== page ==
Finding He(art)

by Candice Yee

For the young artists out there …who believe they have wandered into all of arts most obscure dimensions, uncovering its best kept secrets and unlocking the portal of the non-mainstream into the open arms of hipsterdom—well sorry, eager hipster, but you really haven’t explored enough. That is, not until you’ve experienced GO8, a teen program that will truly reveal Vancouver’s local art scene, build friendships and test your personal creativity. Through this awesome program at Satellite Gallery, I was introduced to the fun and scary world of public art.

There has always been a thick line between a stranger and another stranger interacting. Vancouverites seem to believe that it would be most polite to respect each other’s privacy by avoiding eye contact or conversation with anyone unknown. A paradox, isn’t it? Thus we grow to understand that each person is enclosed in their own personal bubble. We are taught that it’s best to leave each other be. However, my GO8 leaders, Amie and Kari, pretty much erased these delicate boundaries.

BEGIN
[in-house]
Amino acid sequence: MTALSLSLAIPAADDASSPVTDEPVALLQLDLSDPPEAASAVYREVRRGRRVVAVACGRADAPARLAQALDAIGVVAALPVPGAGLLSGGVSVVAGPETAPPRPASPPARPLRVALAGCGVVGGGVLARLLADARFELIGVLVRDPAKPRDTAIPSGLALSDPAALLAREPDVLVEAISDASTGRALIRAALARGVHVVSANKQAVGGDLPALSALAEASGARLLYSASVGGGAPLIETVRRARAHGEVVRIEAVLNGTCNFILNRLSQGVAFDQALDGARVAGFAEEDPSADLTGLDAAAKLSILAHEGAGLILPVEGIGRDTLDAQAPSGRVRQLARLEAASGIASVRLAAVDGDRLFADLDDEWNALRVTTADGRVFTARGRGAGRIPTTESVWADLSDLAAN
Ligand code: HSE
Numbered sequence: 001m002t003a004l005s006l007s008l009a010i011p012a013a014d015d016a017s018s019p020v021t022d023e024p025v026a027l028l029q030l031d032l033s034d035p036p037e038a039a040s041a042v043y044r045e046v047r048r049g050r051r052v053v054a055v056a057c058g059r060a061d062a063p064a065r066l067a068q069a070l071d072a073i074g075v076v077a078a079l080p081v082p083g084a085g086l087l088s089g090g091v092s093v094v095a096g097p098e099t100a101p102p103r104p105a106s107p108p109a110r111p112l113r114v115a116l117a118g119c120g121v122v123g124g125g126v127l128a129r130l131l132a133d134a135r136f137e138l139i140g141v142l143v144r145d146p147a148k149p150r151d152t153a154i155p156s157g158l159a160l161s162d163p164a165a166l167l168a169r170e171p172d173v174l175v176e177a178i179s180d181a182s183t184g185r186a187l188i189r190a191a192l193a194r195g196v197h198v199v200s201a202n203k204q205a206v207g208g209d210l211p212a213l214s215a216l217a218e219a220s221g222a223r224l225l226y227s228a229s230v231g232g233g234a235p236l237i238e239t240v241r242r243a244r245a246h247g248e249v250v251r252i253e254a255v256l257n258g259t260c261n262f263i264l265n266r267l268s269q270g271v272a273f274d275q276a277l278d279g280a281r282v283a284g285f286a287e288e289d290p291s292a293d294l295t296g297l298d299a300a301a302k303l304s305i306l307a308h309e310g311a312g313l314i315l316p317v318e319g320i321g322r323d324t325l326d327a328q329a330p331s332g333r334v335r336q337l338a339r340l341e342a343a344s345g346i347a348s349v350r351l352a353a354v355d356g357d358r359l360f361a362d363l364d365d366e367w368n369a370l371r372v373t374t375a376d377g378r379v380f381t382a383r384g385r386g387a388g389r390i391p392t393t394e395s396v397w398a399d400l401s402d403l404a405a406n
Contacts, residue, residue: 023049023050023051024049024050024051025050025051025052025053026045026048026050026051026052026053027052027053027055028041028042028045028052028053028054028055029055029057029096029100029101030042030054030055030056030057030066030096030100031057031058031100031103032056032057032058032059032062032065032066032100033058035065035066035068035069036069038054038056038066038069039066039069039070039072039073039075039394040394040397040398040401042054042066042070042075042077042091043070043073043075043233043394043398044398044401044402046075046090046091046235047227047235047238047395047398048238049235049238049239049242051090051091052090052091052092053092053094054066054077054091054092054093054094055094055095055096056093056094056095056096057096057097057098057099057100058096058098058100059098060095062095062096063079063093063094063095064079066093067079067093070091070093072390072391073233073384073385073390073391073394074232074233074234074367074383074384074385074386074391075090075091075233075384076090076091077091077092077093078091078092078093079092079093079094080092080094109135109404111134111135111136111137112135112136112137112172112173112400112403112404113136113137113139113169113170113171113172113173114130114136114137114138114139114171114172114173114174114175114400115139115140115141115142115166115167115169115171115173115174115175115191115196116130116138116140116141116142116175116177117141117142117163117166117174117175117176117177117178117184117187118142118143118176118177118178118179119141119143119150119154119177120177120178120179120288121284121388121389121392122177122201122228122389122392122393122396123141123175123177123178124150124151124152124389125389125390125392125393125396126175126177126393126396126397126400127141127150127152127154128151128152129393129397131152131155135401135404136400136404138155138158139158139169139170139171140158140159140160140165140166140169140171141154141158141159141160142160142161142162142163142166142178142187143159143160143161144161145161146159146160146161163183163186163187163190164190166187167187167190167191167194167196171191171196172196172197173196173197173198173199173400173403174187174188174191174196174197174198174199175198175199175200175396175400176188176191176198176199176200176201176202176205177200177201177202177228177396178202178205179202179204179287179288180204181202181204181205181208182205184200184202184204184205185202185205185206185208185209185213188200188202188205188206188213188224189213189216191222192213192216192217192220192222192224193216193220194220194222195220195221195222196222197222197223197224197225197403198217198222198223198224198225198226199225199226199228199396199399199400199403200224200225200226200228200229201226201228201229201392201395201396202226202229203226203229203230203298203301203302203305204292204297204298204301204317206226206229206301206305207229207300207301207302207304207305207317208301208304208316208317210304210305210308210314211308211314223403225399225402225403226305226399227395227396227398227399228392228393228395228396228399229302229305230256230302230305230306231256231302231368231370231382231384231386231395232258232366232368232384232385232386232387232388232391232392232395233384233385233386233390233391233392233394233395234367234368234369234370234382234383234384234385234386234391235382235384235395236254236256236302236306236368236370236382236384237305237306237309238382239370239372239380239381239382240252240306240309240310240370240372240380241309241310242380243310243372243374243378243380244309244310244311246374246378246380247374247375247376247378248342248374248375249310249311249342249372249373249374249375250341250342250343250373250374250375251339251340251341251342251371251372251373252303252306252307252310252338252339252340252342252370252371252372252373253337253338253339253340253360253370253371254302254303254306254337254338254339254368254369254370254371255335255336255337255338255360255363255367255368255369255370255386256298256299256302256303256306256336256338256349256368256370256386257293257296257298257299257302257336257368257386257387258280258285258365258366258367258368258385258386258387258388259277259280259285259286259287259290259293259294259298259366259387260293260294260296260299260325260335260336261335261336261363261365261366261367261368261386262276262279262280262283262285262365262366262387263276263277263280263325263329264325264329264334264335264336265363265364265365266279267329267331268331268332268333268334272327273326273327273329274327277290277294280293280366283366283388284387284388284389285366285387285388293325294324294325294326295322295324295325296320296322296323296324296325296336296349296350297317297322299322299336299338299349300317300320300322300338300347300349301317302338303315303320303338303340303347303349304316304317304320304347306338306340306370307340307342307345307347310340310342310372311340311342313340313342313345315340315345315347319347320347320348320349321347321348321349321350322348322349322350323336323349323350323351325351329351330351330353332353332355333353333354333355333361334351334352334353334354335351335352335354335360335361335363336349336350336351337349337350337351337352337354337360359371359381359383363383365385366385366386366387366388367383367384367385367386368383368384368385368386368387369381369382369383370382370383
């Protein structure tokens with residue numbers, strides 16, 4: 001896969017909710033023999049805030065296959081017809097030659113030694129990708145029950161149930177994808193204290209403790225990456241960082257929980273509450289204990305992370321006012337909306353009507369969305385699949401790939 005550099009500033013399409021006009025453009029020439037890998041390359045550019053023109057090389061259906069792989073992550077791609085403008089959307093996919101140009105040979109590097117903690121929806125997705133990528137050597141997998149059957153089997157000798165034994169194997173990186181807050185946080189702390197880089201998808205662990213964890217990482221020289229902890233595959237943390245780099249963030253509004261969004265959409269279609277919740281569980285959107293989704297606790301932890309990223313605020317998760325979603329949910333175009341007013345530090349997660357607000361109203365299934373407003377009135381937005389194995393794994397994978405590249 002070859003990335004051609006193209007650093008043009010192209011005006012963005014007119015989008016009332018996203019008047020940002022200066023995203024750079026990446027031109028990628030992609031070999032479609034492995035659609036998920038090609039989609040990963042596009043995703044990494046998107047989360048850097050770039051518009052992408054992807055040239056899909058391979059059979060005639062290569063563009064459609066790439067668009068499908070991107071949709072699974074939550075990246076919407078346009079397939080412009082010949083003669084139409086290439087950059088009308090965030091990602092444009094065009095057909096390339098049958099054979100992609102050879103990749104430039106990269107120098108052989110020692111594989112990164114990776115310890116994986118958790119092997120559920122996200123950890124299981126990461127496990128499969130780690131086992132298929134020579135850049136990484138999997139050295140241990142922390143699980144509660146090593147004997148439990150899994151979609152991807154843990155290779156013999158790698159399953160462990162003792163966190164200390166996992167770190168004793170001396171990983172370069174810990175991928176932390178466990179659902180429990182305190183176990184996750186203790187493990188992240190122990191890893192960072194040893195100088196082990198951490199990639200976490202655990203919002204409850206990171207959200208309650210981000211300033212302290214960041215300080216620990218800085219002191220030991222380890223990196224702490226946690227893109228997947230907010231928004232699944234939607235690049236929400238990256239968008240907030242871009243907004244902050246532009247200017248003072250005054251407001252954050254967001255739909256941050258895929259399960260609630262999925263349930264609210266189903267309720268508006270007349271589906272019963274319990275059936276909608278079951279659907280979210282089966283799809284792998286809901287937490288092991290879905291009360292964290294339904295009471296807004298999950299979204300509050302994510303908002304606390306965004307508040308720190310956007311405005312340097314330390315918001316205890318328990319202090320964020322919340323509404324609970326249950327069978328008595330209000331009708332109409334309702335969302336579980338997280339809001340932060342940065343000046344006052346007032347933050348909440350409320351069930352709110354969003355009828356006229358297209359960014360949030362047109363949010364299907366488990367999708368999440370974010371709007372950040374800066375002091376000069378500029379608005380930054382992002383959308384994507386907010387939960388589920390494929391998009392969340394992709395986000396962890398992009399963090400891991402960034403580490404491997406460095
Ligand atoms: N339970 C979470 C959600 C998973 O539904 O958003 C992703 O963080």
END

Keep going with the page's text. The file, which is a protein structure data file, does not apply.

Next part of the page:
It is vital to share art with the community. Not only physically with public installations, but also emotionally, as art can transform and connect people and places. Activities that focused on engaging the public with art was a unique, eye-opening experience for GO8 participants. For example, we created Artist Cards. We were given about 8 small cards to expel our creativity on, designing them however we liked. Next, we wandered the streets of downtown Vancouver to distribute our small art pieces (free art!) Initially, we were shy and reluctant to approach strangers. But gradually, we freed ourselves from civilization’s unwritten rules. Shouts of “Would you like some free art?” erupted, and we began to quickly give away the precious pieces. It was exciting, frightening and intense. Strangers would share a story about how the art made them feel, and a connection would form between artist and recipient. Some would silently accept the card, others would frantically hurry away. Most didn’t take the time to listen, and assumed we were trying to sell them something. Not only was the activity a reflection on the people of our city, but it also gave us a chance to change someone’s day and make an impact.

GO8 members also performed other forms of art interventions, but this activity truly stood out for me. Break boundaries, and follow wherever your he(art) may lead you.

Applications for Satellite Gallery’s 2013 GO8 teen program are now available online at: http://www.satellitegallery.ca/go8.html

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